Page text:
NHS England has agreed to cover additional costs facing Hammersmith and Fulham CCG due to the popularity of GP at Hand.
Digital Health News reported in March that the growing popularity of the GP on demand service meant the CCG was facing additional costs of up to £10.6million to keep running the Babylon-powered setup.
The CCG found itself faced with the bill as the free service, which promises to cut waiting times, is offered at Dr Jefferies & Partners in Fulham, south-west London.
However the latest NHS Hammersmith and Fulham Primary Care Commissioning Committee papers – dated June 12 – confirm these additional costs are to “be met by NHS England”.
The papers read: “As an update to the paper that came to PCCC in March relating to GPAH [GP at Hand] financial implications, the CCG is continuing to monitor the costs associated with the list size growth of the practice, both in terms of capitation-based payments to the practice and associated healthcare costs of GPAH-registered patients.
“The CCG has received confirmation that these additional costs will be met by NHS England, which has been incorporated into the CCG’s financial planning assumptions for 18/19.
“There is an ongoing dialogue with the NHSE (London) finance team to agree the value of the costs attributable to GPAH and a timeline has been requested to reach final agreement.”
A spokesperson for Hammersmith and Fulham CCG said: “As per our most recent update to our Primary Care Commissioning Committee, Hammersmith & Fulham CCG is continuing to monitor the costs associated with the list size growth of the practice, both in terms of capitation-based payments to the practice and associated healthcare costs of GP at Hand registered patients.
“The CCG has received confirmation that these additional costs will be met by NHS England, which has been incorporated into the CCG’s financial planning assumptions for 18/19. There is an ongoing dialogue with the NHS England London Finance team to agree the value of the costs attributable to GP at Hand, and a timeline has been requested to reach final agreement.”
When contacted for comment, GP at Hand said it stood by what it has previously said on the subject.
A spokesman said: “The reality is that people across London are exercising their rights to choose their NHS general practice. In less than six months, over 40,000 people have chosen GP at Hand, whose registered list is based in Fulham.
“This, of course, means that Hammersmith and Fulham CCG’s budget will need to increase as they commission services on behalf of more people. Balancing this, CCGs with fewer registered patients going forward will also see changes in their budgets.”
The papers also reveal that market research organisation, Ipsos MORI, has been selected to carry out an independent evaluation of the GP at Hand model.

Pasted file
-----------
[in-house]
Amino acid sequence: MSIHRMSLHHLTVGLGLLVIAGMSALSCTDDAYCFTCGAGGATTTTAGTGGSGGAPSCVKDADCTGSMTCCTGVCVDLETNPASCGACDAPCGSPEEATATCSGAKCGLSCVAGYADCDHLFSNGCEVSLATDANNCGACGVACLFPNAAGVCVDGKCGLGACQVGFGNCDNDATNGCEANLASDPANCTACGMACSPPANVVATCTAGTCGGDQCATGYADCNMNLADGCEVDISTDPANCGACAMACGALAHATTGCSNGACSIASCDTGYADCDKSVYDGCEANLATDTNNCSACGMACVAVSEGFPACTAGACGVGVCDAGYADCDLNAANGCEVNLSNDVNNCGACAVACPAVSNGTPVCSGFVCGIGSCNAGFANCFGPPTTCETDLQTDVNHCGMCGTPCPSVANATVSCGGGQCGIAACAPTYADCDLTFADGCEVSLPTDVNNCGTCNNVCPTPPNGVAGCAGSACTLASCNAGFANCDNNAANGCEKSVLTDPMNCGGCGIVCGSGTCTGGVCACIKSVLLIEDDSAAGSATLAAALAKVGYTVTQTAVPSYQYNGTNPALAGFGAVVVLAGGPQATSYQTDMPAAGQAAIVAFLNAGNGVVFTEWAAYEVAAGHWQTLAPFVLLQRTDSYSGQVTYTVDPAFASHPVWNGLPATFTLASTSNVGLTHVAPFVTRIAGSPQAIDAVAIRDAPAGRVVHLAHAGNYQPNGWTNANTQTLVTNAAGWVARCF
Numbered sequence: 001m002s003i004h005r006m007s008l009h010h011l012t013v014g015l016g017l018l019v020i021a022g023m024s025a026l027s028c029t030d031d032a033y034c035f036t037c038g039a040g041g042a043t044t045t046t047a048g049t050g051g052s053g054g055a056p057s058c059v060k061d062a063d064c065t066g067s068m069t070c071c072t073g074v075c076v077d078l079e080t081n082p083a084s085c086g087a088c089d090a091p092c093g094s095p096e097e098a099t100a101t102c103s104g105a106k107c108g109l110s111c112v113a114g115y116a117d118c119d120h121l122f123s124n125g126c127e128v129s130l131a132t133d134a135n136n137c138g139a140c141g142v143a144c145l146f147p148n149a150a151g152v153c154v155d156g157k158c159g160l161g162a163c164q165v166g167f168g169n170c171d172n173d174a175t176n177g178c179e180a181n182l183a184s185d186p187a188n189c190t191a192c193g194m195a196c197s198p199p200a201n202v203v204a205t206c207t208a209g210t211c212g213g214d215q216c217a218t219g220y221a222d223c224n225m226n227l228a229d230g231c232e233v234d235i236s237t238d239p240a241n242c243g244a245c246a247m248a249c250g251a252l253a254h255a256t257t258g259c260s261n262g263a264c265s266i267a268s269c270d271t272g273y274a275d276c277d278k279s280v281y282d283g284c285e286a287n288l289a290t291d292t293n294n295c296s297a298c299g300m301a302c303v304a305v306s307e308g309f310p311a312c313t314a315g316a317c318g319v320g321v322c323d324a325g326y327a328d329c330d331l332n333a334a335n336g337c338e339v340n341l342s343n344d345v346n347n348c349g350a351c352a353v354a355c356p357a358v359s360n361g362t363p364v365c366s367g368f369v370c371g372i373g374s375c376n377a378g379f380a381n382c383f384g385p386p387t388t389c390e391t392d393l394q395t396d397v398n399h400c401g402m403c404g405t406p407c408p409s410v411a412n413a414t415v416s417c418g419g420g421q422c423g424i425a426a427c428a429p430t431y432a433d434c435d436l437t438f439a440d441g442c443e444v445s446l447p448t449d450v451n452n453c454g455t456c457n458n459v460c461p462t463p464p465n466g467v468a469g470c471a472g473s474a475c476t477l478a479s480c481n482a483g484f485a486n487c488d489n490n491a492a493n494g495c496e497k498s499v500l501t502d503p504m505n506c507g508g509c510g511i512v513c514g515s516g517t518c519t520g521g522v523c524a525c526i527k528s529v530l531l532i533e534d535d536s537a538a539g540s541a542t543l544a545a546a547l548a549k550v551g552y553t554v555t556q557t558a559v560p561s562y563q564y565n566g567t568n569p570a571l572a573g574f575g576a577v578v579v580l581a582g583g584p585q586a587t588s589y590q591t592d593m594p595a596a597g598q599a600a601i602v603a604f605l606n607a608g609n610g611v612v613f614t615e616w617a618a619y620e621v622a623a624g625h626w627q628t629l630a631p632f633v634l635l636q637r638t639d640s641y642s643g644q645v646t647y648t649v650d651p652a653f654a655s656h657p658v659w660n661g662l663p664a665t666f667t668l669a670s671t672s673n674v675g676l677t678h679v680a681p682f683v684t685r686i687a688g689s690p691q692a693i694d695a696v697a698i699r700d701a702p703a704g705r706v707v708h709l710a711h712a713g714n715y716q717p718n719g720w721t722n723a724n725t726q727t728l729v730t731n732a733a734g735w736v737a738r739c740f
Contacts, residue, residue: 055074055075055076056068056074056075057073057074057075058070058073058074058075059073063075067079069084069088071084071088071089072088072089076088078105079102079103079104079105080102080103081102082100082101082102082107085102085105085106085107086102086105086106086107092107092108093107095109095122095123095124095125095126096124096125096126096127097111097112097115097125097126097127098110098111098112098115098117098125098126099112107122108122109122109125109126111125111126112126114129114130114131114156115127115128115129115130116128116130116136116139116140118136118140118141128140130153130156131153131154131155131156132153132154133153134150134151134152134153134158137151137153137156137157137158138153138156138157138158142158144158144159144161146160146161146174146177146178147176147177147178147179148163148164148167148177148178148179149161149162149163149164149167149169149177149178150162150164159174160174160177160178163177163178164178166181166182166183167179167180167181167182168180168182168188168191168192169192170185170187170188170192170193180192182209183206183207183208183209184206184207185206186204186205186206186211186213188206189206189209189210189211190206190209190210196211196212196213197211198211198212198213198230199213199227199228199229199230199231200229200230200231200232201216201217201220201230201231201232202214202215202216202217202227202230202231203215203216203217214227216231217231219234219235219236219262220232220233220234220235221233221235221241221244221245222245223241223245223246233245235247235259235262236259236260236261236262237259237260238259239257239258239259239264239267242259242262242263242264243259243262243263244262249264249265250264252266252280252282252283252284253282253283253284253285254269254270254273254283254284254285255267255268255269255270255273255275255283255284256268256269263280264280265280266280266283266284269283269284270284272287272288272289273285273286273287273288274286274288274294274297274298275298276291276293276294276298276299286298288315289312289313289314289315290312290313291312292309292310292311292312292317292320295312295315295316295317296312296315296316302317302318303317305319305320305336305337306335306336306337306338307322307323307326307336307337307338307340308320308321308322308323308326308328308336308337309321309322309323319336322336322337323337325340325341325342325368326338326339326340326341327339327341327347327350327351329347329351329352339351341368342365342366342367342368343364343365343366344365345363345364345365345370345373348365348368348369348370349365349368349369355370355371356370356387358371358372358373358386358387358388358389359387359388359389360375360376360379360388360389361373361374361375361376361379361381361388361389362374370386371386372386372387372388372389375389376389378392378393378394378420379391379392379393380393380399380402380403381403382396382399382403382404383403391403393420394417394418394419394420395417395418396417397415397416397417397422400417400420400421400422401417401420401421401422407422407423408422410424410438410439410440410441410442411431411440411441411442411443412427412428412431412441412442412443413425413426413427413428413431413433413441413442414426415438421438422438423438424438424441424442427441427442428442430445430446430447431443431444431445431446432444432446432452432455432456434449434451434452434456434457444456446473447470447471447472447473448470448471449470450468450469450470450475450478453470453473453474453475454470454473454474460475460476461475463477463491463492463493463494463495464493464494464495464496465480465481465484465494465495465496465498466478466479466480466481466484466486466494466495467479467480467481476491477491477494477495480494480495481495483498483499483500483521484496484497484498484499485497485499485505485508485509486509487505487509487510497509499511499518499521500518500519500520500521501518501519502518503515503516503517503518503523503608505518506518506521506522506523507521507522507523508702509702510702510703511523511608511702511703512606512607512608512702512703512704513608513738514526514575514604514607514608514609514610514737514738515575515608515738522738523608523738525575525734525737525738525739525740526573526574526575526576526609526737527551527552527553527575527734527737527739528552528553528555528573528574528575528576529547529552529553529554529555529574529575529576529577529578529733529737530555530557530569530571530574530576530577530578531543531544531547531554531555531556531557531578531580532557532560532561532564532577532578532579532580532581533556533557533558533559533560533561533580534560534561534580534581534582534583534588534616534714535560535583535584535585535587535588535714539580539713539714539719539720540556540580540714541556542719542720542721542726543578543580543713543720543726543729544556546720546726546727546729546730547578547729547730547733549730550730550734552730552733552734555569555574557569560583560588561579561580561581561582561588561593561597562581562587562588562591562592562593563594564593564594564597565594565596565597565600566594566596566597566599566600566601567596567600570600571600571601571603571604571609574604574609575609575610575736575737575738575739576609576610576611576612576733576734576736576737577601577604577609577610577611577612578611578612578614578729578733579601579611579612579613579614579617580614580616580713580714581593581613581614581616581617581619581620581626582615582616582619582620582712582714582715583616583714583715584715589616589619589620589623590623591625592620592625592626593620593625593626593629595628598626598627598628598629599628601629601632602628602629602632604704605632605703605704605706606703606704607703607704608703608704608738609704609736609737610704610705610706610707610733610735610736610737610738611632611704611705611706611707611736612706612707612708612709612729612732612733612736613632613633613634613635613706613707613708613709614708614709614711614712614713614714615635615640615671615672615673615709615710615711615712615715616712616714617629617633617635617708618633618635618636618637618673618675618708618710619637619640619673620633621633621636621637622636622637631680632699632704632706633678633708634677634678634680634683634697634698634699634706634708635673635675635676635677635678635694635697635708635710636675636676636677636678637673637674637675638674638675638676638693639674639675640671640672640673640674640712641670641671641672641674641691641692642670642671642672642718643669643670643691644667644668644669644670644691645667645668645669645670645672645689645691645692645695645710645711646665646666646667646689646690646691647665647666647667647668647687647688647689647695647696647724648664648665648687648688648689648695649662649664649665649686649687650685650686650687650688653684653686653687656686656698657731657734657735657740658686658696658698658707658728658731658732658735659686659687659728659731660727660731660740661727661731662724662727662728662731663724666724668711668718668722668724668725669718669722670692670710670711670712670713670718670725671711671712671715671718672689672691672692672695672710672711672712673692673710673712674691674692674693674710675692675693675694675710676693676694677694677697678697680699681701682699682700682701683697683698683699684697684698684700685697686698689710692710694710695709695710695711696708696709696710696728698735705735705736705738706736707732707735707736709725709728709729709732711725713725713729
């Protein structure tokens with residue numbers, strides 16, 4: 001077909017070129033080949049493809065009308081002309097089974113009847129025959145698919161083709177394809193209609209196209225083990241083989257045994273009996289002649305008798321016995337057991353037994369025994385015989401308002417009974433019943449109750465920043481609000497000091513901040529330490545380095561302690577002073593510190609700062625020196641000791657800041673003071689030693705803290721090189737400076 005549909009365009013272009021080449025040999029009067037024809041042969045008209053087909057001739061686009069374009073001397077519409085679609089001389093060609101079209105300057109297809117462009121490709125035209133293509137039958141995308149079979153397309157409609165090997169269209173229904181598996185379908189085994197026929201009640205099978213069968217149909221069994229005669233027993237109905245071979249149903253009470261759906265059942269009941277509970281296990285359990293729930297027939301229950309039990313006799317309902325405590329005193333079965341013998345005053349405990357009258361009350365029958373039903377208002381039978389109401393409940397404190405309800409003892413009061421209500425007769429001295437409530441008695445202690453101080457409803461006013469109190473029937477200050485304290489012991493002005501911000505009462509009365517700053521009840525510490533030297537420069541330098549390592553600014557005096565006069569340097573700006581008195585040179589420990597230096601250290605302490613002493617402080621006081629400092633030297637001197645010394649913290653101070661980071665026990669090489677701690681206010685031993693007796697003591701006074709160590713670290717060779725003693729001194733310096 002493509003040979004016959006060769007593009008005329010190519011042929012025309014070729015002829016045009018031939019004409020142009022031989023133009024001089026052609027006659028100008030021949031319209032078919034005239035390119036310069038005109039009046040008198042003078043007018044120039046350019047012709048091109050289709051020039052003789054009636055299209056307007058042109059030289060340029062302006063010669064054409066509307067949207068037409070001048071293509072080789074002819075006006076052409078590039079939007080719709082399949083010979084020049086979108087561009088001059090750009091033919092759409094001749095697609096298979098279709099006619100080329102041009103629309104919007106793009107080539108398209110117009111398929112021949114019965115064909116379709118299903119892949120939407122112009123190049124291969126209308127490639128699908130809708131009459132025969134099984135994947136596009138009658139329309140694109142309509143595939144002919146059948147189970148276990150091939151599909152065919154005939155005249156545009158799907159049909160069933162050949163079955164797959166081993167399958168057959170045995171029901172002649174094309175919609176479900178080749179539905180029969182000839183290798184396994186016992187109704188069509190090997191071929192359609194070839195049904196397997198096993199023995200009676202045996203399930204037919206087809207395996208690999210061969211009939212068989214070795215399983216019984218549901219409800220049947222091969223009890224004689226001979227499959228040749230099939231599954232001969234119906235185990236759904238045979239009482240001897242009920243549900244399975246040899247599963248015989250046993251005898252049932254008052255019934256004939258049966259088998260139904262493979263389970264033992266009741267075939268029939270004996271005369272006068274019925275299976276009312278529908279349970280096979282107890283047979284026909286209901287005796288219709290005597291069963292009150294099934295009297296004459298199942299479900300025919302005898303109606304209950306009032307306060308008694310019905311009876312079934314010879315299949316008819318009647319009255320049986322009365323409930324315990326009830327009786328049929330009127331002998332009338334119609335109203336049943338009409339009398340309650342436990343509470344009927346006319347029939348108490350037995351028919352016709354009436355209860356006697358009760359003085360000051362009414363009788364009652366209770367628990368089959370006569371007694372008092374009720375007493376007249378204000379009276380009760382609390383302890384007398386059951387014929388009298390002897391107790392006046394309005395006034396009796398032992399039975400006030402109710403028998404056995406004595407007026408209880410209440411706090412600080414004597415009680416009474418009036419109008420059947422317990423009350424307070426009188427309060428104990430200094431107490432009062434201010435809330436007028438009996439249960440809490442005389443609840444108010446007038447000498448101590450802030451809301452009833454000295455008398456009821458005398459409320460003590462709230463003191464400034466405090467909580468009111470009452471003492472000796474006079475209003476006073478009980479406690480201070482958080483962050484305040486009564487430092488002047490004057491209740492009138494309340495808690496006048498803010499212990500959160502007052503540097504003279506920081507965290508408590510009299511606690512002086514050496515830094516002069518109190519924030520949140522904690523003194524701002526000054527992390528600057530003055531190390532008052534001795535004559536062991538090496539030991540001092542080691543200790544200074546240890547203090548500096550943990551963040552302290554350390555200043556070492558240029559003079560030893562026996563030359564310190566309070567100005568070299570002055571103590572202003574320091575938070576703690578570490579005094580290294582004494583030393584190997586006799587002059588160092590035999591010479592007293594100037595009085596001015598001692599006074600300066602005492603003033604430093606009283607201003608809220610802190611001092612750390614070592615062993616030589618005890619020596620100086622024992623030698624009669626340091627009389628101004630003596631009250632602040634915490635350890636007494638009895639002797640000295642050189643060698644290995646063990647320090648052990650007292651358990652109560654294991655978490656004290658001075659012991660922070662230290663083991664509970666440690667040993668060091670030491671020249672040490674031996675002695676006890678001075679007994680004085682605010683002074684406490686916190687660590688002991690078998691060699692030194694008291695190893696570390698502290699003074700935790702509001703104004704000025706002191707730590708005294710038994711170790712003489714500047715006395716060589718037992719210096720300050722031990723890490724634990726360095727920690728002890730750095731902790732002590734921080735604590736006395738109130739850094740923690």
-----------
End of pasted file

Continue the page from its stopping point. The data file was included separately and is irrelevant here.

Ipsos MORI will work with York Health Economics Consortium (YHEC) on the review, with Digital Health News previously reporting that the contract was worth around £250,000.
22 June 2018 @ 15:56
GPs are paid a capitation fee for looking after each registered patient, and at a higher rate for the elderly. It is beond contention that the extra healthcare needs of the elderly that impinge upon GPs outstrips the supplement in capitation and that younger adults are therefore (relatively) cheaper to provide care for.
They therefore represent cherries waiting, but hitherto no mechanism has existed for for picking them – no GP can elect to register ‘only the young and fit’. Until now: the fit with the ‘smartphone medicine’ generation is quite close.
That the DH, having seen the disruptive effect of the GPAH pilot, have elected to fund it further, is very revealing. It doesn’t require an Einstein to look ahead and see that this will lead to a small number of entrepreneurs chasing the GPAH first mover’s lead to become the new oligarchs of the NHS. The future for the remainder, left looking after the most needy with relatively less funding, and who are commonly acknowledged to be on a knife edge at present, can only be implosion.
So this must be the DH’s aim – its desire to shake the tree is long-declared, but uprooting it altogether is evidently now more than a tolerable outcome.
What would stop GPAH in its tracks? Fixing the inequity in the capitation system. Strange that this possibility is so un-examined.
21 June 2018 @ 10:09
It is hard to underestimate the destabilising effect this could have on local health economies without very large change to primary care funding and the whole NHS commissioning model.
The GPAH people have found an incredibly clever way of using the modern technology and the implicit assumptions of primary care funding to subvert the entire model, presumably making a substantial profit for themselves in the process.
It is the classic disruptive innovation – NHS England and DHSC must respond and adapt or face the widespread use of the model to raid primary care budgets and distort commissioning funding flows. It will be interesting to see what the counter-move is.